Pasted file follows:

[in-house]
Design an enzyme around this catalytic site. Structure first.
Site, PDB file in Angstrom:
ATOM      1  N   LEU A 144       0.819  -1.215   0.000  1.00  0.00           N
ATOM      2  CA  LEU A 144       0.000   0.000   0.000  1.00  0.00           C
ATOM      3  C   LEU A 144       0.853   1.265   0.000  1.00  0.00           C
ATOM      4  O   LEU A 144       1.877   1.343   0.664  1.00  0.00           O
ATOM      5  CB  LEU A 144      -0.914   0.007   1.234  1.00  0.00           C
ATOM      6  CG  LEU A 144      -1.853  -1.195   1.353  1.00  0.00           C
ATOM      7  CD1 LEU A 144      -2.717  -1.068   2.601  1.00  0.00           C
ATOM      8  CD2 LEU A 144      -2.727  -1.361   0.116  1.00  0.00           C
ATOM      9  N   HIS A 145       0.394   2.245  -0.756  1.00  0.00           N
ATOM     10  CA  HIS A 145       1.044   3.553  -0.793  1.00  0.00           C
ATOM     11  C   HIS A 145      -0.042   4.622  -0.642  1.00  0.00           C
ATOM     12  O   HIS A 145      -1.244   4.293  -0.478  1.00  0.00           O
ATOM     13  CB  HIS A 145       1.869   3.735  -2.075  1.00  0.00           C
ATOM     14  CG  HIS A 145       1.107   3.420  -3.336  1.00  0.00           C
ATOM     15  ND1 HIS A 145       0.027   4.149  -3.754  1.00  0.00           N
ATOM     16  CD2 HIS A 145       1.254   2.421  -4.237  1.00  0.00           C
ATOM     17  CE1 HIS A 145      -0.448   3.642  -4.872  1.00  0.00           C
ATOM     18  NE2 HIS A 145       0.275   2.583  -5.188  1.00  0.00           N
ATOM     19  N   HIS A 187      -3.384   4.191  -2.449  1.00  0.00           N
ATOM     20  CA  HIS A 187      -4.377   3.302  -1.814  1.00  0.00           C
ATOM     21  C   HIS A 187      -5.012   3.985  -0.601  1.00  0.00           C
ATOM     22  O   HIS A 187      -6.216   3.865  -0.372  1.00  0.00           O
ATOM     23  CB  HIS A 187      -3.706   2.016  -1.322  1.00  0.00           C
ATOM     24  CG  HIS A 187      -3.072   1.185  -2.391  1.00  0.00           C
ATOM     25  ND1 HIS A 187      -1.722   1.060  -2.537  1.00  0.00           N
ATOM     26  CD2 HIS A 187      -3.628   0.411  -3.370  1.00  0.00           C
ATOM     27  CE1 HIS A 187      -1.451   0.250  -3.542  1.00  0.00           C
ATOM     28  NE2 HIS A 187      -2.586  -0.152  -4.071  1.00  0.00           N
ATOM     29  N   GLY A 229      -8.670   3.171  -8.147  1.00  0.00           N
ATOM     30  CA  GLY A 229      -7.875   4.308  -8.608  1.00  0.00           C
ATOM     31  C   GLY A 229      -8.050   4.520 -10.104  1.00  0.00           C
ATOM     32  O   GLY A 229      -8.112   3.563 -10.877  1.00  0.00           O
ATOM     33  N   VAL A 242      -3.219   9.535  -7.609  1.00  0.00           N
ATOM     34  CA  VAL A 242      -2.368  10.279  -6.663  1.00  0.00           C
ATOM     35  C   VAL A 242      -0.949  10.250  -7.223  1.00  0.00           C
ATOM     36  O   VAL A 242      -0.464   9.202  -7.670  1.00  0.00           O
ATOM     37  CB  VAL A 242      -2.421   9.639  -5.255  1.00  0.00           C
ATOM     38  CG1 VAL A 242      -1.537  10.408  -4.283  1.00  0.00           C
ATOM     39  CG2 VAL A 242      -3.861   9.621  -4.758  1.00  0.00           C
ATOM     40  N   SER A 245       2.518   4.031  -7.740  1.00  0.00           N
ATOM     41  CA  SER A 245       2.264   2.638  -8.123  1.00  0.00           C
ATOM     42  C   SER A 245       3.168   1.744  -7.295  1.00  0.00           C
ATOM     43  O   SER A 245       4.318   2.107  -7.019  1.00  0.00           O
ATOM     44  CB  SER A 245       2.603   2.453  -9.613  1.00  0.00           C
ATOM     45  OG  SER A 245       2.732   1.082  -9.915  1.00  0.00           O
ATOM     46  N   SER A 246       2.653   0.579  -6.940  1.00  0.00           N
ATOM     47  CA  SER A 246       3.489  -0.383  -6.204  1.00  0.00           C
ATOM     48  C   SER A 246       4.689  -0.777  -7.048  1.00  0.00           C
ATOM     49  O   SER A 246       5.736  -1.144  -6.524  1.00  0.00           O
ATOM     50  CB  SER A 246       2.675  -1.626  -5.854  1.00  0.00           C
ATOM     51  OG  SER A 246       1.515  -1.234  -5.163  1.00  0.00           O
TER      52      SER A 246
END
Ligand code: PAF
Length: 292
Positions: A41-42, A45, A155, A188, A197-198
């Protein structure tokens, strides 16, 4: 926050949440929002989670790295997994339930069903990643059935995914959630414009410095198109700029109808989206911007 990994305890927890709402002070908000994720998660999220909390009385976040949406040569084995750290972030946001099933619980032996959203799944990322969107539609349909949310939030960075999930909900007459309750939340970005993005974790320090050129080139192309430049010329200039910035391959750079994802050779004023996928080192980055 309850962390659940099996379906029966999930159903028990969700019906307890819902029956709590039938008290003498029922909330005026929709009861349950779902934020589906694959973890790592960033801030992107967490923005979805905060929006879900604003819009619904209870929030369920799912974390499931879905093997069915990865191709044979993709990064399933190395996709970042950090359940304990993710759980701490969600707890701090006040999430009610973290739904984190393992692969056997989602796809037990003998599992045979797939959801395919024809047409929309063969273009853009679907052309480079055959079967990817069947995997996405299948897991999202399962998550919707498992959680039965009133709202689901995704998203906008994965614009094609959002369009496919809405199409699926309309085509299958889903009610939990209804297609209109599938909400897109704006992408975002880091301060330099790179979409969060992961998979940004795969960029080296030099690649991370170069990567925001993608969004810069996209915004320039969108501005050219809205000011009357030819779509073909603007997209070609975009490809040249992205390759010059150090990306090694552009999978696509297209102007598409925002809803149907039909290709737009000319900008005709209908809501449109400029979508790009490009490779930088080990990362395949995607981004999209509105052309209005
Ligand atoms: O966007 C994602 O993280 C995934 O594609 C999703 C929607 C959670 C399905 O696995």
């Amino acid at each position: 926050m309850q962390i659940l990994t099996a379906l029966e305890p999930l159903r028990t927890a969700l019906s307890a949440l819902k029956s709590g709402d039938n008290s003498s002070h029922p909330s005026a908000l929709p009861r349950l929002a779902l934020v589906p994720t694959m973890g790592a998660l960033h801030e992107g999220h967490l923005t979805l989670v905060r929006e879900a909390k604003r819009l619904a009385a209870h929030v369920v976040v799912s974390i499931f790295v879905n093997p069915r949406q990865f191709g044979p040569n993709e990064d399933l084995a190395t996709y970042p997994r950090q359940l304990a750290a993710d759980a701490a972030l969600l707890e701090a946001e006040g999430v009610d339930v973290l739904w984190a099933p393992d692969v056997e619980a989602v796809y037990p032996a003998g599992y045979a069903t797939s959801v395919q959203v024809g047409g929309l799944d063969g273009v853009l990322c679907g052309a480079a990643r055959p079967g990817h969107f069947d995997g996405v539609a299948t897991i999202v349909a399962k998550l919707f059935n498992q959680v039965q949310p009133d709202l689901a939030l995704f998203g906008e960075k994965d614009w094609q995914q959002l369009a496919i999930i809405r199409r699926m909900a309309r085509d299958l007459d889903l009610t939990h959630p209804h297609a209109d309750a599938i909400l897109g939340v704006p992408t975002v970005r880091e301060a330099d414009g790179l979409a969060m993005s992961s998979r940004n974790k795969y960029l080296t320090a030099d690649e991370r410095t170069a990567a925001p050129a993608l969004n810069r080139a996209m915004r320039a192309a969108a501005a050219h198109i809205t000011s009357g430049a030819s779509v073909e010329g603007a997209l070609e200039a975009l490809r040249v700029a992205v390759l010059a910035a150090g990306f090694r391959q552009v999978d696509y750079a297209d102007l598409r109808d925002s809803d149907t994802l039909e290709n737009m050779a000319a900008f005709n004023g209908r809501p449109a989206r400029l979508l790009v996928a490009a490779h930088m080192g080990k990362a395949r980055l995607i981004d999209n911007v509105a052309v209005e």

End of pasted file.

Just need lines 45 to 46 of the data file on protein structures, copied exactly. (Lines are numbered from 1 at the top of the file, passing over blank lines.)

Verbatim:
ATOM     42  C   SER A 245       3.168   1.744  -7.295  1.00  0.00           C
ATOM     43  O   SER A 245       4.318   2.107  -7.019  1.00  0.00           O